Does your production scheduling fall short of your expectations? You might be using the wrong scheduling system!
Production scheduling is the final planning stage before the actual production, and the resulting production schedule suggests to operators and supervisors on the shop floor which tasks should be executed on which machines and in which order. Traditionally, a hierarchical planning approach is taken where production scheduling follows production planning, which typically consists of two or more planning stages. Either way, the production plan (i.e., the output of production planning) establishes production quantities over a medium-term horizon (up to 24 months into the future) on a weekly or daily granularity, it may include batch sizes and routes, and it should be consistent with the material plan. The production is an input to production scheduling. However, it may be necessary to revise the production plan incorporating feedback from the scheduling stage when it becomes apparent that the plan is not realistic.
Scheduling systems come in different forms, namely Excel, off-the-shelf advanced planning systems (APS), and custom solutions, and they use different scheduling methods to construct schedules. For example, spreadsheet-based systems usually employ simple loading procedures. This post gives an overview on the available types of scheduling systems, the types of production processes and how scheduling differs among them.
The following requirements are important when choosing among potential solutions.
|The system produces high-quality schedules, which is measured with several key performance indicators.
|The system models the real-world problem sufficiently detailed and it allows to adjust the model if necessary to produce realistic schedules.
|The system quickly produces new schedules, and thereby, allows to frequently reschedule, incorporate manual changes, and run what-if analyses.
|Scheduling effort and usability
|The system simplifies the life of the planners and is fun to use.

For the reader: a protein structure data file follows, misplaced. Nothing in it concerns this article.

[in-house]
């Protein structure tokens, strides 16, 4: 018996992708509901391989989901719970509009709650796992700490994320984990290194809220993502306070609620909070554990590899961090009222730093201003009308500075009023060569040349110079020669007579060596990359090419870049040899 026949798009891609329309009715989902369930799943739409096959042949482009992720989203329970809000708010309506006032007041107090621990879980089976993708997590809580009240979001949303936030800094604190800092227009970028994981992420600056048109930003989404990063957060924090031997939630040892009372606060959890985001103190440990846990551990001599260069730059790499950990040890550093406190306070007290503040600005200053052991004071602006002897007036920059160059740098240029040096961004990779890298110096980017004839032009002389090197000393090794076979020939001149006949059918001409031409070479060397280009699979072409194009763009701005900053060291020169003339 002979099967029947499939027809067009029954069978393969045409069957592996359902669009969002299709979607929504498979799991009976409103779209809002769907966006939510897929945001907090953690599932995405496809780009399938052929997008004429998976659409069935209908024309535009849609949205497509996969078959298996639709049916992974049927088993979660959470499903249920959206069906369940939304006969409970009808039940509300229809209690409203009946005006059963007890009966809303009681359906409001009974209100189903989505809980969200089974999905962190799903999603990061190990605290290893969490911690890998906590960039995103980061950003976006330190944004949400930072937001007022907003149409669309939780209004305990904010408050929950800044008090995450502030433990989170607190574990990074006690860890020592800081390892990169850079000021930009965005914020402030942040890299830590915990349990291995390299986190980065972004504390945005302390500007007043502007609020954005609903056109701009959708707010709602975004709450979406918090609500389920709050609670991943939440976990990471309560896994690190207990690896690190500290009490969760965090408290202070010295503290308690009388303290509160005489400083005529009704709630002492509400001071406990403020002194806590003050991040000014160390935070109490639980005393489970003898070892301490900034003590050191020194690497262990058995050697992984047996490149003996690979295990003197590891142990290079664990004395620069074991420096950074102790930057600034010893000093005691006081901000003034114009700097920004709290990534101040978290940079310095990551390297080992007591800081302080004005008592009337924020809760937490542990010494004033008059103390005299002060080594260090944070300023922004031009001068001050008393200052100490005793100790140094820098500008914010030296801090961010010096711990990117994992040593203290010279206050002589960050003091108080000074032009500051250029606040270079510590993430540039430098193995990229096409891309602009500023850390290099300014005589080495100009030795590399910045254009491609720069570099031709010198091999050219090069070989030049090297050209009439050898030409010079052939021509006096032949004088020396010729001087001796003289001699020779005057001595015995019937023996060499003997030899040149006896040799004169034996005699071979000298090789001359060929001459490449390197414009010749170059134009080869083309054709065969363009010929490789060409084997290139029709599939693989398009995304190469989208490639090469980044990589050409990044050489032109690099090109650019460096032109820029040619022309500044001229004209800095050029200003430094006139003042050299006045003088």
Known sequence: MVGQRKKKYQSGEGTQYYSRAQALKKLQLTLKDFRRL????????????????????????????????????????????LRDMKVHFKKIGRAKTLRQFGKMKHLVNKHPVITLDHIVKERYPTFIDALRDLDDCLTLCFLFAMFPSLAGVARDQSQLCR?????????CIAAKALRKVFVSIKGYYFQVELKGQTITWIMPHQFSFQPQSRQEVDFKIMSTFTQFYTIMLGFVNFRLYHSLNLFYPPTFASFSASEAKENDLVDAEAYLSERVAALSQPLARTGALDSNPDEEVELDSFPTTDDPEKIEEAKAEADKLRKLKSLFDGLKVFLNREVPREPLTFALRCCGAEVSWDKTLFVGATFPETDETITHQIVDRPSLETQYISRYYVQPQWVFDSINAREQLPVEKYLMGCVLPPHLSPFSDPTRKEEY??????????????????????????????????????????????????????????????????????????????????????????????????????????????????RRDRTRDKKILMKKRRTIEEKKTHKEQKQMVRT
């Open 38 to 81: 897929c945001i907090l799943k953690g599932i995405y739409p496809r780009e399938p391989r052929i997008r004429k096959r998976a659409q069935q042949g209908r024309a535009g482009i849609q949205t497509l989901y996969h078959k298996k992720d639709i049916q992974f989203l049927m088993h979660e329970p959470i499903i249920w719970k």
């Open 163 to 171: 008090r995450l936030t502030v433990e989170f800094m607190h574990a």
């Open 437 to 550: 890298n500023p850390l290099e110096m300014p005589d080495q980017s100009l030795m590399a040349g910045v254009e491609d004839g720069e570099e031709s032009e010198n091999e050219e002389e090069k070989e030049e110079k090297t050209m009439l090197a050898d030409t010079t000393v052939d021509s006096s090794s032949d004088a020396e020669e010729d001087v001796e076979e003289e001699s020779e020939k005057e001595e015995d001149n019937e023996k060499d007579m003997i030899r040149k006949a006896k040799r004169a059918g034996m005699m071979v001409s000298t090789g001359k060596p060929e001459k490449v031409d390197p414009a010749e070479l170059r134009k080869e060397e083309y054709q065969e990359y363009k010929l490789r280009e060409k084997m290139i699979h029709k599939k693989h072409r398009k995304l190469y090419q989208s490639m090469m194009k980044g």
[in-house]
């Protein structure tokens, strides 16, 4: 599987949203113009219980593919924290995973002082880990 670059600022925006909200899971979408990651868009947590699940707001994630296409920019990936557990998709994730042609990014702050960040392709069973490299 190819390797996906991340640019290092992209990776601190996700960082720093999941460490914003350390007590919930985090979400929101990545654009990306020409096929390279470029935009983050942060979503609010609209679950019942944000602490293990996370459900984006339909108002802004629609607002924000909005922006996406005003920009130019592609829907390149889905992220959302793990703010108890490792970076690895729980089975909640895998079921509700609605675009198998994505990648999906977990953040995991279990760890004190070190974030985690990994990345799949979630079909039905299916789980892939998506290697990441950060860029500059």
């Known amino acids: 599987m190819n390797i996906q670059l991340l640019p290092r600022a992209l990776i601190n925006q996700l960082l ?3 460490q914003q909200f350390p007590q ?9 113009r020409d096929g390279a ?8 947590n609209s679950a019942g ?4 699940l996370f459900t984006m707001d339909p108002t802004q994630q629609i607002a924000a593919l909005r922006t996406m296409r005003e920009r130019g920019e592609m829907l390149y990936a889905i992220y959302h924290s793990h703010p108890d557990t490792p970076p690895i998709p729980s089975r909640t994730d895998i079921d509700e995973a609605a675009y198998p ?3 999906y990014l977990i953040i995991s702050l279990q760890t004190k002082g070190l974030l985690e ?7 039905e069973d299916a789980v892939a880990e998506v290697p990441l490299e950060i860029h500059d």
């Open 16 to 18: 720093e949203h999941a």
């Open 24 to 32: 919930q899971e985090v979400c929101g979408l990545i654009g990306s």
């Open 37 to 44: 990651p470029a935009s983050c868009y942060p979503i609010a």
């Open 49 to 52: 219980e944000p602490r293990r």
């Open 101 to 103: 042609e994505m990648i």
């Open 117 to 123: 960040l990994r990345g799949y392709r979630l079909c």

|Return on investment
|The benefits of the system exceed its operating costs and the cost for implementing it.
The schedule quality is measured with key performance indicators (KPIs) such as
- reduced cycle times and better on-time performance,
- reduced work in progress (WIP) and material stocks,
- improved equipment and labor utilization,
- more scheduling stability (from one rescheduling to the next), and
- schedule robustness (schedule remains feasible and efficient in the face of unexpected changes).
The nature of the scheduling task depends on the underlying production process. Production processes are classified into five broad classes called production systems: continuous flow production, mass production, batch production, job shops, and projects. Unfortunately, multiple names are circulating for some of these, which can be confusing at first. The figure below shows an overview on the production systems, their labels, their characteristics, and their implications for scheduling.
Continuous flow production
Continuous flow production processes have a single stationary bottleneck, and the utilization at that bottleneck determines the utilization of the entire production process. Consequently, utilizing the capacity at the bottleneck should be the focus, which is already the objective during production planning. It is easy to disaggregate this plan to the production schedule. Therefore, production scheduling is relatively straightforward in continuous flow production, though, we have to time maintenance and expansions and avoid disturbances since downtimes are costly.
Mass production processes are similar from a scheduling perspective. When the product variety is higher though, the sequencing of the items becomes relevant. While grouping similar items can reduce setup costs, spreading them out may be beneficial from a process or material supply perspective.
In batch production processes, the focus is mainly on finding good batch sizes and sequencing to strike a balance between setup times and inventory costs. Bottlenecks may move between workstations, but rather predictably. Supplying raw materials and components across multiple stages of production can be challenging.